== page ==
Both at home and at school, pupils read books specifically chosen to support them to practise the sounds that they have learned. If pupils fall behind in their phonics and reading in Years 1 and Year 2 they are given timely and regular support to catch up. In a few instances, however, this support is not sharply targeted on helping these pupils to become fluent readers quickly.

During lessons, pupils show good attitudes to their learning. Pupils are polite and work co-operatively with one another. In the early years, children respond well to the established routines and structures.

Leaders make excellent provision to promote pupils' personal development. They provide pupils with plentiful high-quality opportunities which aim to help them to become active citizens. Pupils are taught how to respect their own and others' views and rights.

They learn about how to keep themselves safe, and about being reflective learners. This threads through every aspect of school life. Pupils are also taught about concepts such as healthy relationships, consent and privacy in an age-appropriate way.

All pupils from Years 1 to 6 are given opportunities to develop their leadership skills in many roles, including as eco warriors and school councillors. Older pupils are given further opportunities, including becoming digital leaders. They share their learning about rights and responsibilities with other pupils in local schools.

Pupils' learning is enriched beyond the classroom through educational trips and a variety of clubs, such as yoga and chess.

Leaders and other staff work closely to identify and assess the needs of pupils with SEND, including in the early years. These pupils are given additional support to meet their needs.

Teachers adapt their classroom strategies so that these pupils can access the same learning as their peers.

Leaders and governors ensure that teachers' workload is manageable. Staff said that leaders are supportive and mindful of their well-being.


The arrangements for safeguarding are effective.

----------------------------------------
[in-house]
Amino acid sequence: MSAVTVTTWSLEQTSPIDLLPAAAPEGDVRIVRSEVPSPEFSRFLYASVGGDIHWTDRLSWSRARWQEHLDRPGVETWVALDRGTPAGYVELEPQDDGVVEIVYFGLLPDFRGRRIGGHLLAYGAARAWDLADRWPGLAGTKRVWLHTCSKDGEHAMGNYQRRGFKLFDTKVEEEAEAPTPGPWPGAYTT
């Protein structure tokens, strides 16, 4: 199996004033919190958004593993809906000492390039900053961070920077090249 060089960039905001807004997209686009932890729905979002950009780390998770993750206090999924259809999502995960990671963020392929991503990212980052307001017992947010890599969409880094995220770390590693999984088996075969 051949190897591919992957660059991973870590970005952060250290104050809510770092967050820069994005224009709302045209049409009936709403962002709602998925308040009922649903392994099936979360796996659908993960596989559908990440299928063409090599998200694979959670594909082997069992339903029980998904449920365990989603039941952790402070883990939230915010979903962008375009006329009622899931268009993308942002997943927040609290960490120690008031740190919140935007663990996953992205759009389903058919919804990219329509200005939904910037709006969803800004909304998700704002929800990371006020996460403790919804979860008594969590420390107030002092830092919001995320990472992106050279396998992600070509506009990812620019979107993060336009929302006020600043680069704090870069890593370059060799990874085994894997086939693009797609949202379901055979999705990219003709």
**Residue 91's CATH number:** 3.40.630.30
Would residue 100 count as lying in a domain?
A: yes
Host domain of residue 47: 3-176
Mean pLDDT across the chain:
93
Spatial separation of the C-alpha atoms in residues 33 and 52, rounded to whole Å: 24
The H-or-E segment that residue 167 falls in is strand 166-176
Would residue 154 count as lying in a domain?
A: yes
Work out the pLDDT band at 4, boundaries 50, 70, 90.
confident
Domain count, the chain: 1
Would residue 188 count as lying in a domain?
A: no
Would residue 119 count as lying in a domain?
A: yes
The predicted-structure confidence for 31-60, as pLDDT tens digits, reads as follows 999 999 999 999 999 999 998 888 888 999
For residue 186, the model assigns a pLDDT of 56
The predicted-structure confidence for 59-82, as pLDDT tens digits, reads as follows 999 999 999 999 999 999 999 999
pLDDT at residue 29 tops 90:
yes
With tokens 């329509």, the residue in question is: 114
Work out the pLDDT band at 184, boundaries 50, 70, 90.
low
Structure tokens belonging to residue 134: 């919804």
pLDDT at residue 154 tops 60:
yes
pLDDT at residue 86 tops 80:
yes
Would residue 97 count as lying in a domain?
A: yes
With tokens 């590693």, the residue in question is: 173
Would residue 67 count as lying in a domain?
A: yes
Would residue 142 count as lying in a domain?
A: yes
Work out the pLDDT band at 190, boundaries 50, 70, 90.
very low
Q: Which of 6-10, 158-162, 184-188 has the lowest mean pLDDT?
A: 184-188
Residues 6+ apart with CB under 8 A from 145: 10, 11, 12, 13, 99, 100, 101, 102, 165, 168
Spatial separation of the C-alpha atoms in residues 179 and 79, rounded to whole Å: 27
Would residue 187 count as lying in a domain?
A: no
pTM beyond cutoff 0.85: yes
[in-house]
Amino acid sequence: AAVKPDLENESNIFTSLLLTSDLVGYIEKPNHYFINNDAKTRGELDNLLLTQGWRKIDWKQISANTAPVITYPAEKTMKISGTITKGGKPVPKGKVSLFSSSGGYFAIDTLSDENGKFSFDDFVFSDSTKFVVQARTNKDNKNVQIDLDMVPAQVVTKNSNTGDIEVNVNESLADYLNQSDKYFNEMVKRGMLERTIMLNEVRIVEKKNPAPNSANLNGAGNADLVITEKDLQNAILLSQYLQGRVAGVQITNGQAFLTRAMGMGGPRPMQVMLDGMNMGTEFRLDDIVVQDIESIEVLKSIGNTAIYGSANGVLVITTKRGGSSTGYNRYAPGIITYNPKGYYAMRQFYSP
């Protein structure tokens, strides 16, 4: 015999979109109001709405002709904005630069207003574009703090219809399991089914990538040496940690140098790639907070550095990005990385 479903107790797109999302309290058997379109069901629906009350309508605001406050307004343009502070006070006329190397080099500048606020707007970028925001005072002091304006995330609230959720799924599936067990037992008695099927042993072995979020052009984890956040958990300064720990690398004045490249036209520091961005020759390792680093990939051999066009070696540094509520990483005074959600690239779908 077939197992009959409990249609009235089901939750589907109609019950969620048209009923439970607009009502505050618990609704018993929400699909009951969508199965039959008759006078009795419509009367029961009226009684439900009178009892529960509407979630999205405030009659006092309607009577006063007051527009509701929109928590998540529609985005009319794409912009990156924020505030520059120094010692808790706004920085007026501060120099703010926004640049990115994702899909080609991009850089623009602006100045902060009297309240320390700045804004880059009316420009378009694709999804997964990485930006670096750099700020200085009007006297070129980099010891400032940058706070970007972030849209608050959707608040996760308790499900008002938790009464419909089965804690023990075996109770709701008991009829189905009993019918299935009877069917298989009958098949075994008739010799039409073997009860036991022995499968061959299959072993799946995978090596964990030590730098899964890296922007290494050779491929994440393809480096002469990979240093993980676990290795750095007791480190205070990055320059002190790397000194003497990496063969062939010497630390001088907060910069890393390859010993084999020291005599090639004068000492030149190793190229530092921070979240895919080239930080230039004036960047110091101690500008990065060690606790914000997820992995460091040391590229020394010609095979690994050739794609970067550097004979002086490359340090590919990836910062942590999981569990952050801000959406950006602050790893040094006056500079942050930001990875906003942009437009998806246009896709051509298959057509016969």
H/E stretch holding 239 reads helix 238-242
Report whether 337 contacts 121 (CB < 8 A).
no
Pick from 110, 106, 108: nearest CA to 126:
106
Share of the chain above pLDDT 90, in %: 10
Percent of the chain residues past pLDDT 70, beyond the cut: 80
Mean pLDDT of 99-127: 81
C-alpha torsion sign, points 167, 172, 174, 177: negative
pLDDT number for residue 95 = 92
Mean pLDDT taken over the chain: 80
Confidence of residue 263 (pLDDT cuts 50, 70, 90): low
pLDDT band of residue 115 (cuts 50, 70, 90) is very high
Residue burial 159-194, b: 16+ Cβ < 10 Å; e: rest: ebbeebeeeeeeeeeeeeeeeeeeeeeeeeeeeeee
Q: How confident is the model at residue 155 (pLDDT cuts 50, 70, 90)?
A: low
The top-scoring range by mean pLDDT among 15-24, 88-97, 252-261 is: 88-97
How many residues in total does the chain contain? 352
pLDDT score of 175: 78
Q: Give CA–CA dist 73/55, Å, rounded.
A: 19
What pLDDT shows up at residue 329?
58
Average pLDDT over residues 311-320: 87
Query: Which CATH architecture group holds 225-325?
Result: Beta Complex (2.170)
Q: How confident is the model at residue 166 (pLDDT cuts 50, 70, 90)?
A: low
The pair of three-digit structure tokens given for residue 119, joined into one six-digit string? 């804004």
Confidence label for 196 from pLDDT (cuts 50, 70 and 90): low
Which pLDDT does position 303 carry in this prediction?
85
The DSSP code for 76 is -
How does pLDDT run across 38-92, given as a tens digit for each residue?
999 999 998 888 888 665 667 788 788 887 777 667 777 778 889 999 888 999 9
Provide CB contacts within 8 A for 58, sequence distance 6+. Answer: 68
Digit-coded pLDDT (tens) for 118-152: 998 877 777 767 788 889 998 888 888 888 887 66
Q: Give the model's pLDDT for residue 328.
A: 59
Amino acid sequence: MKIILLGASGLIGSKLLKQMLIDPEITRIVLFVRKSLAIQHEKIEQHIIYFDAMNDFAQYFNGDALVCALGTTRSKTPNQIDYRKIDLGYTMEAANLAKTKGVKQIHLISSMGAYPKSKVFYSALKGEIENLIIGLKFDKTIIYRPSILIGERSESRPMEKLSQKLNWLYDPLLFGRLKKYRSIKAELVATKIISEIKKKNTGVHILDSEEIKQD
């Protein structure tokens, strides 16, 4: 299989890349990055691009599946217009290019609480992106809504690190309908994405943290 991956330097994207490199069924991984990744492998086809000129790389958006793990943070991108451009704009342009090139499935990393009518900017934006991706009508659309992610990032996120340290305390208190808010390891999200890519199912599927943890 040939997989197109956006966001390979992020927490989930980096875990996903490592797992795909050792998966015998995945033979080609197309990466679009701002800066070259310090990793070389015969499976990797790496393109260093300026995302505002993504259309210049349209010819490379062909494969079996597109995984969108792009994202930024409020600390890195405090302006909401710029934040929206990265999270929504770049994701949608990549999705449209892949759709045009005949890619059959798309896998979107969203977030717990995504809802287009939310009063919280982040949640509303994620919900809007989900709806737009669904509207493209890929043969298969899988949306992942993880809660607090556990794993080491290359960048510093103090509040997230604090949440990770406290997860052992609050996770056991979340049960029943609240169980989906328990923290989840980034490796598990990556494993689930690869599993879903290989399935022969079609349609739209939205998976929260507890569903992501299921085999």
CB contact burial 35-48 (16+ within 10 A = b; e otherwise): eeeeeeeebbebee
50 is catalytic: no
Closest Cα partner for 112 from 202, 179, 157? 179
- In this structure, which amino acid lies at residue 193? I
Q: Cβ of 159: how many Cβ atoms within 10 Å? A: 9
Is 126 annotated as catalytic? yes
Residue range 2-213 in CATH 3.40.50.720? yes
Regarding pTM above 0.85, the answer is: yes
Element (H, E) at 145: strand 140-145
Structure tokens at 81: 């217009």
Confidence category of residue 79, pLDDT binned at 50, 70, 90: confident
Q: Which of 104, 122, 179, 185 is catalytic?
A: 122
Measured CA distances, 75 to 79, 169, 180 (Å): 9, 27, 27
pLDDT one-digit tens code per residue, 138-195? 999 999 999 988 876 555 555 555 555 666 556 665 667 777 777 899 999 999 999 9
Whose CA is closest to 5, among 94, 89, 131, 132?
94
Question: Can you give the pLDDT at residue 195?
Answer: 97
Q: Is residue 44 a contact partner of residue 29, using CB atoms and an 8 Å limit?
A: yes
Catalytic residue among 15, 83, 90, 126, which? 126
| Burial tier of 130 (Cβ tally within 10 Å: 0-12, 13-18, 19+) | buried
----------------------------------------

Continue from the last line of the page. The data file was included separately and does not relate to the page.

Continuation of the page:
Staff are well trained and know how to spot signs that may indicate that pupils are at risk of harm. They know and follow the school's internal procedure for raising and responding to concerns, should they need to.

Leaders ensure that they secure the help that families may need to ensure pupils' safety and well-being. They work closely with external agencies to safeguard pupils.

Leaders ensure that all the pre-employment checks are completed in line with statutory requirements prior to staff starting work at the school.

Pupils are taught about how to stay safe. They have trusted adults with whom they can talk should there be anything that worries them. There are worry boxes in each of the classrooms for pupils to post their concerns for teachers to address.

What does the school need to do to improve?

(Information for the school and appropriate authority)

• In some subjects, leaders' curriculum thinking has not clearly defined how learning in Year 1 should build progressively on what children have learned in the early years. This affects how well pupils are able to develop and deepen their knowledge in these subjects. Leaders should refine the curriculum thinking so that staff are clear about how children's learning in the early years provides the foundations for future learning in Year 1 upwards.

• In a few instances, some pupils find it hard to keep up with the school's programme for phonics and early reading. While these pupils are identified and supported, occasionally the help that they receive is not adapted precisely to meet their needs. Leaders should provide staff with further guidance on how to make best use of the school's catch-up programme for reading so that it is routinely effective in helping these pupils to build up reading fluency quickly.